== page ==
The History of Trick Or Treating Is Weirder Than You Thought
from Rose Eveleth; smithsonianmag. com; 10/18/13
It’s nearly that time of year when underaged kids get into costumes and traipse about the neighborhood ringing doorbells and begging for goodies. When you think about it, trick or treating is sort of a strange idea. Exactly where did it come from anyway?
Today I found out that the practice began with the Celtic tradition of celebrating the end of the year by dressing up as wicked spirits. The Celts believed that, as we moved from one year to the following, the dead and the living would overlap, and demons would roam the planet once more. So dressing up as demons was a defense process. If you stumbled upon a real demon roaming the Planet, they would think you were one of them.
Fast forward to when the Catholic Church was stealing everybody’s holidays and seeking to convert them. They turned the demon dress-up party into “All Hallows Eve, ” “All Soul’s Day, ” and “All Saints Day” and had people dress up as saints, angels and still a few demons.
As for the trick or treating, or “guising” (from “disguising”), customs, starting in the Middle-Ages, youngsters and occasionally poor grownups would dress up in the above mentioned costumes and go around door to door for the duration of Hallowmas begging for foodstuff or cash in exchange for songs and prayers, often said on behalf of the dead. This was known as “souling” and the young children were referred to as “soulers”.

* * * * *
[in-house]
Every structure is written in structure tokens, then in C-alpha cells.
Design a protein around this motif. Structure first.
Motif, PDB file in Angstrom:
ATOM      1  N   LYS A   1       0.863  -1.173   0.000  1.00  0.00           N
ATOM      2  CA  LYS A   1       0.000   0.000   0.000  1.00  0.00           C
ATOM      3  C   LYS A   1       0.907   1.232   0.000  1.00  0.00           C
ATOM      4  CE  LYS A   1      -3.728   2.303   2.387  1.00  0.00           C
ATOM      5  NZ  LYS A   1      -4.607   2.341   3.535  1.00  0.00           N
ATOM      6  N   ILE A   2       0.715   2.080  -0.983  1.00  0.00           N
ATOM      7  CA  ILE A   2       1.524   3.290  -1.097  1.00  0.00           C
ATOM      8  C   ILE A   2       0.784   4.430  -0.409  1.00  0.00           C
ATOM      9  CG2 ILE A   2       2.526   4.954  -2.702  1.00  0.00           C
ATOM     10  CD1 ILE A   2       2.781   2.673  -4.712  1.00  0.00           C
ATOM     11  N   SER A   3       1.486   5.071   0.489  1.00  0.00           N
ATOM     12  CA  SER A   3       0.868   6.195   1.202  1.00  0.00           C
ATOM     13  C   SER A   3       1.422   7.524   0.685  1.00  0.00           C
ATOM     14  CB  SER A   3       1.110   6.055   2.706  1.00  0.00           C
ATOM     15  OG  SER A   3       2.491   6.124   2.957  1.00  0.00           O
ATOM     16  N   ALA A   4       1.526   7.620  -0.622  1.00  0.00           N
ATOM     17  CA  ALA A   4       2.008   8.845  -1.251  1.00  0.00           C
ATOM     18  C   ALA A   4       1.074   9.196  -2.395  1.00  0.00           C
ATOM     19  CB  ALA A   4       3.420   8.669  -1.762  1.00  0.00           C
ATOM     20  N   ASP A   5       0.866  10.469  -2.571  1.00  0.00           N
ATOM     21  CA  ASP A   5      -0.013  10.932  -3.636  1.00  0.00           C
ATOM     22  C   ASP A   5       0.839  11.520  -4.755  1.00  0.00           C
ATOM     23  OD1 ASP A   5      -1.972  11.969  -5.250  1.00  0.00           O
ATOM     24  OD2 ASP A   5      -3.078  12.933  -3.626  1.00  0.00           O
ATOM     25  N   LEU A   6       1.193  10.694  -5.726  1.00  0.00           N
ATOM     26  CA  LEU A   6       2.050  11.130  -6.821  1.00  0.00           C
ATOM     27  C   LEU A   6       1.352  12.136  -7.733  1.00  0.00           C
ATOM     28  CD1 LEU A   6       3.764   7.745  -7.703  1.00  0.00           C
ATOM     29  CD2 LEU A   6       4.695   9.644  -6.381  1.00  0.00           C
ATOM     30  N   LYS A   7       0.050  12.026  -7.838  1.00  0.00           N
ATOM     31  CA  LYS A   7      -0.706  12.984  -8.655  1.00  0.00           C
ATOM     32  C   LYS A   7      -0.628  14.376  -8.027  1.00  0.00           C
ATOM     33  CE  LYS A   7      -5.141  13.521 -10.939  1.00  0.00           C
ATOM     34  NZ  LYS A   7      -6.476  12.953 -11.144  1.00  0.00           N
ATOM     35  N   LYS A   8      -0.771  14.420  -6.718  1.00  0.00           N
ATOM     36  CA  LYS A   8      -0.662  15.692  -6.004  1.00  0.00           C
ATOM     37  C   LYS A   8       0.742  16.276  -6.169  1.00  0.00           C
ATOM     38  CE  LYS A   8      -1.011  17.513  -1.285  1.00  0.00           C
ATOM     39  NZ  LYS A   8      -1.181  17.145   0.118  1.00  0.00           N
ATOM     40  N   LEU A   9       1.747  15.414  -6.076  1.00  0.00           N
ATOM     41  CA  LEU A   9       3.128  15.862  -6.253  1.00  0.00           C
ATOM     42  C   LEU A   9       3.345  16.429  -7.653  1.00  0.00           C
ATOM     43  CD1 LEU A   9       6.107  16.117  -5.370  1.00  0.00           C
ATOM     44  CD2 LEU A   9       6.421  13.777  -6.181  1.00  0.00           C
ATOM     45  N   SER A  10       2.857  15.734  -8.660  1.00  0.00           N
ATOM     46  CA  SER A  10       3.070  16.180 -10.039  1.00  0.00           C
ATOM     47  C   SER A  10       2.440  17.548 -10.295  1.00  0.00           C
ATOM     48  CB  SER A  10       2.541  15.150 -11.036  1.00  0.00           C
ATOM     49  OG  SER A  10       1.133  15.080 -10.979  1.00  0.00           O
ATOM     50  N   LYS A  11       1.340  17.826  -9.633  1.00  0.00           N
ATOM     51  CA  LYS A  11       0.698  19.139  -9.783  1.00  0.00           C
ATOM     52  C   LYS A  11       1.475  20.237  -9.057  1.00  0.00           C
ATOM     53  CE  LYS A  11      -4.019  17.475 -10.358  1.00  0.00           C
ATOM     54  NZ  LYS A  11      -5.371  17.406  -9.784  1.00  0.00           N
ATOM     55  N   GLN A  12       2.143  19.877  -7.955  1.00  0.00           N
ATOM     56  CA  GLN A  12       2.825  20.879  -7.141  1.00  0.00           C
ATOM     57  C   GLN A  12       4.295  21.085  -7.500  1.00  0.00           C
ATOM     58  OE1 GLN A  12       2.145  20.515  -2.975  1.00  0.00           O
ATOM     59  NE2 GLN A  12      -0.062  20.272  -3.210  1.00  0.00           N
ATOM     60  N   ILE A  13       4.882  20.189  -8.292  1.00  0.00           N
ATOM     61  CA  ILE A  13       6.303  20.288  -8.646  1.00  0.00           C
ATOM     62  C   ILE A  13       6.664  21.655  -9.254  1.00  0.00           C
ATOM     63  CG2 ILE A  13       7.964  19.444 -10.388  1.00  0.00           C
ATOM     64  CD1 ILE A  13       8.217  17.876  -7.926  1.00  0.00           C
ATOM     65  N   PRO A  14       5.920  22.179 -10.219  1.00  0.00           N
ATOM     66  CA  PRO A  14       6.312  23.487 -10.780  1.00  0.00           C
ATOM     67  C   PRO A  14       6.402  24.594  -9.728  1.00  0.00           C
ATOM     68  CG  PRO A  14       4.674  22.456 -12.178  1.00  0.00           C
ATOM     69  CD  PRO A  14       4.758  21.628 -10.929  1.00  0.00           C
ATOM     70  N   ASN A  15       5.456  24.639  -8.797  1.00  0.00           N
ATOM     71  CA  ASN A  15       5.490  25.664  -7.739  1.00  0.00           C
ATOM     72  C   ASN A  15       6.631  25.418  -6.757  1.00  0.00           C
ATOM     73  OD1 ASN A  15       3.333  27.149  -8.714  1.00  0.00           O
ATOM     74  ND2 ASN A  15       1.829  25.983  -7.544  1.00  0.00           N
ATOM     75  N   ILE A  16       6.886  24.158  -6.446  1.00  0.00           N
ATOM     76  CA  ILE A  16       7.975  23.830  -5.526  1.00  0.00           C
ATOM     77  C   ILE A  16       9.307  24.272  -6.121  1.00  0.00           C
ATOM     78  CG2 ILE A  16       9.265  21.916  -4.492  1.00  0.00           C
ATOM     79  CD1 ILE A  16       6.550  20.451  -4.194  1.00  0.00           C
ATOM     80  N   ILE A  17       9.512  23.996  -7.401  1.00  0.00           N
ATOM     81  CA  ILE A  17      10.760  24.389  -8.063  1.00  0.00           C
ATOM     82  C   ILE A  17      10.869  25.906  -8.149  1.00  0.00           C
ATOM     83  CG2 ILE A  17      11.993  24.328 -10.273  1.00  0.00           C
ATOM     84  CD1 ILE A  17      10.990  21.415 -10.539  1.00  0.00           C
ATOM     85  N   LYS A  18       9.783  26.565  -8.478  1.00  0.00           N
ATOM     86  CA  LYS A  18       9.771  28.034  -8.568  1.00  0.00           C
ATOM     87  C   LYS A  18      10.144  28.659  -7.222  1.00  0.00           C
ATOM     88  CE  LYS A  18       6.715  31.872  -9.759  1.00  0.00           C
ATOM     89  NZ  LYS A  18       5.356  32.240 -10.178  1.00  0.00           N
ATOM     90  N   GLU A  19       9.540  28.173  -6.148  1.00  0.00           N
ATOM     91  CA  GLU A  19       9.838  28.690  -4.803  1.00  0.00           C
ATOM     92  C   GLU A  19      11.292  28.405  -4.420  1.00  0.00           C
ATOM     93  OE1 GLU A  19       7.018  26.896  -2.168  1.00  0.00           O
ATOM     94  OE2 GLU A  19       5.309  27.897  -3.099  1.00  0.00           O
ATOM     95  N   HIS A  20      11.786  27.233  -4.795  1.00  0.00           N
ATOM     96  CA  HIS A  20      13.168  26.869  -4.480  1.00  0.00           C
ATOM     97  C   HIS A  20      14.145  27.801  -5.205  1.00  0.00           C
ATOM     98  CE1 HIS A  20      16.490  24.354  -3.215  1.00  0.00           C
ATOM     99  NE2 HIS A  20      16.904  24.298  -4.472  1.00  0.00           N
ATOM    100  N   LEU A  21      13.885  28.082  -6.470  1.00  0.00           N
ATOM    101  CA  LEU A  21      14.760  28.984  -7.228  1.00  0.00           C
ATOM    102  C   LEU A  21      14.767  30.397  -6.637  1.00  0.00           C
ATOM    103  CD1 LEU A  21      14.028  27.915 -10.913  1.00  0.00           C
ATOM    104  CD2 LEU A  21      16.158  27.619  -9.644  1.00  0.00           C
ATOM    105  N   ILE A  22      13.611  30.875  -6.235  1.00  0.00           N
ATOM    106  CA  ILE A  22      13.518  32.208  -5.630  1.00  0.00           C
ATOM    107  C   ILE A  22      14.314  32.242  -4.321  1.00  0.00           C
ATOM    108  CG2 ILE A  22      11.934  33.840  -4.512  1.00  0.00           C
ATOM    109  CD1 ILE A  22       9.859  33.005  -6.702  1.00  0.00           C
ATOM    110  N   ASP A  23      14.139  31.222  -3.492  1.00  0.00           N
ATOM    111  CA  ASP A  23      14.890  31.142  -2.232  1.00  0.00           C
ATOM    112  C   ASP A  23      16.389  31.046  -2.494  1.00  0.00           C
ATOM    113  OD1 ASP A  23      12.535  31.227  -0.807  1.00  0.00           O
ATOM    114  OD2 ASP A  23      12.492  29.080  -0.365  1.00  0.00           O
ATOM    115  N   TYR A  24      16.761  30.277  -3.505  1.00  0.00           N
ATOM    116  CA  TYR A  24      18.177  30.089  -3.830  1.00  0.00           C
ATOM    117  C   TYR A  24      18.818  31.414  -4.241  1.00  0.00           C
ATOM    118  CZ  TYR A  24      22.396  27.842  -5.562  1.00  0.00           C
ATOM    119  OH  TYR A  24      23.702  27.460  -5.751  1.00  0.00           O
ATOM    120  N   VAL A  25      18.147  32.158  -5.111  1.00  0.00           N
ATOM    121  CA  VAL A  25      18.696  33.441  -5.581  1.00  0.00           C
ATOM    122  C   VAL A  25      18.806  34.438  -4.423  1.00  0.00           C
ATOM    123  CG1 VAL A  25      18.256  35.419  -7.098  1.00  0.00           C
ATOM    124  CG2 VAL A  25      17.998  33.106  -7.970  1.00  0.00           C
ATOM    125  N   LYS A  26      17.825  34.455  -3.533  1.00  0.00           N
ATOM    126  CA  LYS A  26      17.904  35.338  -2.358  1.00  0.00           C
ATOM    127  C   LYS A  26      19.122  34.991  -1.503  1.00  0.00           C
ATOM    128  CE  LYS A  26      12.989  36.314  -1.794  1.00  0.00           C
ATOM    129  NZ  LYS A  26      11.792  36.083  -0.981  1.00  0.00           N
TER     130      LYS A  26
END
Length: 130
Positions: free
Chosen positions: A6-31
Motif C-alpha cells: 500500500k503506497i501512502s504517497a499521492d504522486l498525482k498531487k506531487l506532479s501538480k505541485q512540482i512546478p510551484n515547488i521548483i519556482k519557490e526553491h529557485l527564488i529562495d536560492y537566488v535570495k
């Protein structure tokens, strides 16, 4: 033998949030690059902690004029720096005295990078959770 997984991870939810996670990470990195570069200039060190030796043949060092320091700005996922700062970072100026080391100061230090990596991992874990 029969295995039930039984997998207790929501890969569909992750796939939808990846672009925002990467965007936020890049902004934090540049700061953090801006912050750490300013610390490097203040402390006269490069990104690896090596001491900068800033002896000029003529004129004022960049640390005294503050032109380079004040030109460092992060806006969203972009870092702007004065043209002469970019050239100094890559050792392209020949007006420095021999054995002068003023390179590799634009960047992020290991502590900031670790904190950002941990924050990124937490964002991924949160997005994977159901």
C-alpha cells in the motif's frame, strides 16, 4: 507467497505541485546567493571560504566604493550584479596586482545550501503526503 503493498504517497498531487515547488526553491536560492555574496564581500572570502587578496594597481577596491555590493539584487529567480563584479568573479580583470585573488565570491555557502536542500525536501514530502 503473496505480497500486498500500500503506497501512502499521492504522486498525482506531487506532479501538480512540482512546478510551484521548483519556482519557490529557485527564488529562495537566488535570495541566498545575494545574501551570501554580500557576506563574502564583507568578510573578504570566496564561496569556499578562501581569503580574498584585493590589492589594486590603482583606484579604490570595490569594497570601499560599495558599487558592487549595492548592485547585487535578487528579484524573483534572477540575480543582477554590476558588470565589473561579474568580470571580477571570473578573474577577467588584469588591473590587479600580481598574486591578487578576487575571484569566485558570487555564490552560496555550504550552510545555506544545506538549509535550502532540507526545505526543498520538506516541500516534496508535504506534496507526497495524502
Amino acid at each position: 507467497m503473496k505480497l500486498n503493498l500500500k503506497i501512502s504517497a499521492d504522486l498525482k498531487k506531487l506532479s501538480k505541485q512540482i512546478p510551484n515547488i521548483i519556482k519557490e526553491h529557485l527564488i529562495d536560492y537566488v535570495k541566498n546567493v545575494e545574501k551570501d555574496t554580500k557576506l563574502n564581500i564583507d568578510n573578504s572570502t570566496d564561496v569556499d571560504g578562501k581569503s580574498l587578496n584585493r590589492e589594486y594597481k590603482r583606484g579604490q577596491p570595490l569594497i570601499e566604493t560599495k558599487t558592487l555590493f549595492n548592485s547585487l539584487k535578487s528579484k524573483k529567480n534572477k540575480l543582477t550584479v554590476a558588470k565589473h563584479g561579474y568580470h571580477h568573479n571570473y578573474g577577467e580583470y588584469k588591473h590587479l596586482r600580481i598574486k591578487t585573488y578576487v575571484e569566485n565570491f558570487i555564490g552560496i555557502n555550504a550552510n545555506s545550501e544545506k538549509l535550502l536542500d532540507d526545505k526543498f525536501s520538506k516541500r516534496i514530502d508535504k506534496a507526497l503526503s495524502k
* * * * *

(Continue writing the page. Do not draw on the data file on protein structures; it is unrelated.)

You might think that this practice then basically migrated along with Europeans to the United States. But trick or treating didn’t re-emerge until the 1920s and 1930s. It paused for a tiny bit while in World War II on account of sugar rations, and it’s currently back in full force.
The phrase “trick or treat” dates back to 1927.
The first known reference to “trick or treat”, seen in the November 4, 1927 edition of the Blackie, Alberta Canada Herald, talks of this.
Hallowe’en provided an opportunity for genuine intense enjoyment. No real harm was done apart from to the temper of some who had to hunt for wagon wheels, gates, wagons, barrels, etc., much of which embellished the front road. The young tormentors were at back entry and front demanding edible plunder by the expression “trick or treat” to which the inmates happily reacted and sent the robbers away rejoicing.
The British hate Halloween, apparently. In 2006, a study observed that more than one half of British home owners turn off their lights and pretend not to be home on Halloween. Yet one more reason by the United States is delighted to be free of British rule. Absolutely no funs.